Functions II

Break programs down into functions to make them easier to understand.

  • Human beings can only keep a few items in working memory at a time.

  • Understand larger/more complicated ideas by understanding and combining pieces.

    • Components in a machine.

    • Lemmas when proving theorems.

  • Functions serve the same purpose in programs.

    • Encapsulate complexity so that we can treat it as a single “thing”.

  • Also enables re-use.

    • Write one time, use many times.

Define a function using def with a name, parameters, and a block of code.

  • Begin the definition of a new function with def.

  • Followed by the name of the function.

    • Must obey the same rules as variable names.

  • Then parameters in parentheses.

    • Empty parentheses if the function doesn’t take any inputs.

    • We will discuss this in detail in a moment.

  • Then a colon.

  • Then an indented block of code.

def print_greeting():
    print('Hello!')

Defining a function does not run it.

  • Defining a function does not run it.

    • Like assigning a value to a variable.

  • Must call the function to execute the code it contains.

print_greeting()

Arguments in call are matched to parameters in definition.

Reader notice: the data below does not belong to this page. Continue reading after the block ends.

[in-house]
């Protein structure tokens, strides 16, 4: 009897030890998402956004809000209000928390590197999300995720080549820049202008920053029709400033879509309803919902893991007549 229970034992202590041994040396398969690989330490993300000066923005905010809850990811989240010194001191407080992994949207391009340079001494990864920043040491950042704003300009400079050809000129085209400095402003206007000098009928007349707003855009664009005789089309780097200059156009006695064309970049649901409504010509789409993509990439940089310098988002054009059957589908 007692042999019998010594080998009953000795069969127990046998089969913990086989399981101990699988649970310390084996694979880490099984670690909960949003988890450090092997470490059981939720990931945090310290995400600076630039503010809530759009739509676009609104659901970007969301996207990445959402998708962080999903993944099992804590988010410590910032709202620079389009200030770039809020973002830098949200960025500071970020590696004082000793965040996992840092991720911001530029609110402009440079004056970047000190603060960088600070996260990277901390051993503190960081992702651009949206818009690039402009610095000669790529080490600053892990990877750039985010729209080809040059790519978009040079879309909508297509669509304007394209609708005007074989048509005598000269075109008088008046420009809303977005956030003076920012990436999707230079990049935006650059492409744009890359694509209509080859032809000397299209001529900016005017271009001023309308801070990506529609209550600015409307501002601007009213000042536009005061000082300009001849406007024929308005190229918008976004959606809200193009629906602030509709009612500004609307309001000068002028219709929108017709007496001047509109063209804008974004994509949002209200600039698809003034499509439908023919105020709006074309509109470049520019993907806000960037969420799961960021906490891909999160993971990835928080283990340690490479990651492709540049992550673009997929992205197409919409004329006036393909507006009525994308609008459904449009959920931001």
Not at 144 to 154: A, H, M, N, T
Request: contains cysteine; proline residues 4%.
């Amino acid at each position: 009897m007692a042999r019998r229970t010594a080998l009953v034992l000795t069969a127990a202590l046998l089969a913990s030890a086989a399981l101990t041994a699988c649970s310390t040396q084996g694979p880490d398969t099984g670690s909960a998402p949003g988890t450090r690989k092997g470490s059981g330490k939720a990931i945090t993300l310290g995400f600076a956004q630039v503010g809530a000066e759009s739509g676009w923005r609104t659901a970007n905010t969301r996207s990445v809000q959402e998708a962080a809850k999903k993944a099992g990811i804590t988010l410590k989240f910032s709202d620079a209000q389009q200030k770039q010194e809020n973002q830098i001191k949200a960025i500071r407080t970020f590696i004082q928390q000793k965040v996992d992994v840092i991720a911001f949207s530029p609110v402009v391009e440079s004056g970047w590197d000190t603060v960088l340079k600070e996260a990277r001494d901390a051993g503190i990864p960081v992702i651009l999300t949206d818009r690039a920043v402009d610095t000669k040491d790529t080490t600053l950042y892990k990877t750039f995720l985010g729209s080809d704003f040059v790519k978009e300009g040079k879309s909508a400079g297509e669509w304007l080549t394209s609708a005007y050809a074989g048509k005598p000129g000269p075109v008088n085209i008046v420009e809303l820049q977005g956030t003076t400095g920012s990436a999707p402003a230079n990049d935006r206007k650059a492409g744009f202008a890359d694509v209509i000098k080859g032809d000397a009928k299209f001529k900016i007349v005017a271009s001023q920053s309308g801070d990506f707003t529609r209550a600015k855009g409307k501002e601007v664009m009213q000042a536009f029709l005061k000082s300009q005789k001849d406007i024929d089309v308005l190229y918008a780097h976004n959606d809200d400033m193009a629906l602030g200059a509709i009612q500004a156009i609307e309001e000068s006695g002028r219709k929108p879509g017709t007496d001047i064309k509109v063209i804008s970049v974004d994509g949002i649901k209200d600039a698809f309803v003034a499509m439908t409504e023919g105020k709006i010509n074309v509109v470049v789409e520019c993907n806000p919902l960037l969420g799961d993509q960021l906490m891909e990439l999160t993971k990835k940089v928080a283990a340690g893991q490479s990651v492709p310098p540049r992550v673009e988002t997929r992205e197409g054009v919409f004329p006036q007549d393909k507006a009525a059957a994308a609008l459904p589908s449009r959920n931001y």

• Functions are most useful when they can operate on different data.

  • Specify parameters when defining a function.

    • These become variables when the function is executed.

    • Are assigned the arguments in the call (i.e., the values passed to the function).

    • If you don’t name the arguments when using them in the call, the arguments will be matched to parameters in the order the parameters are defined in the function.

def print_date(year, month, day):
    joined = str(year) + '/' + str(month) + '/' + str(day)
    print(joined)

print_date(1871, 3, 19)

Or, we can name the arguments when we call the function, which allows us to specify them in any order:

print_date(month=3, day=19, year=1871)

Or, we can name the arguments when we call the function, which allows us to specify them in any order:

print_date(month=3, day=19, year=1871)

Functions may return a result to their caller using return.

  • Use return ... to give a value back to the caller.

  • May occur anywhere in the function.

  • But functions are easier to understand if return occurs:

    • At the start to handle special cases.

    • At the very end, with a final result.

def average(values):
    if len(values) == 0:
        return None
    return sum(values) / len(values)

a = average([1, 3, 4])
print('average of actual values:', a)
print('average of empty list:', average([]))
  • Remember: every function returns something

  • A function that doesn’t explicitly return a value automatically returns None.

def returnNone(x):
    print('Doesnt have return, but returns None')

value = returnNone(10)
print(value)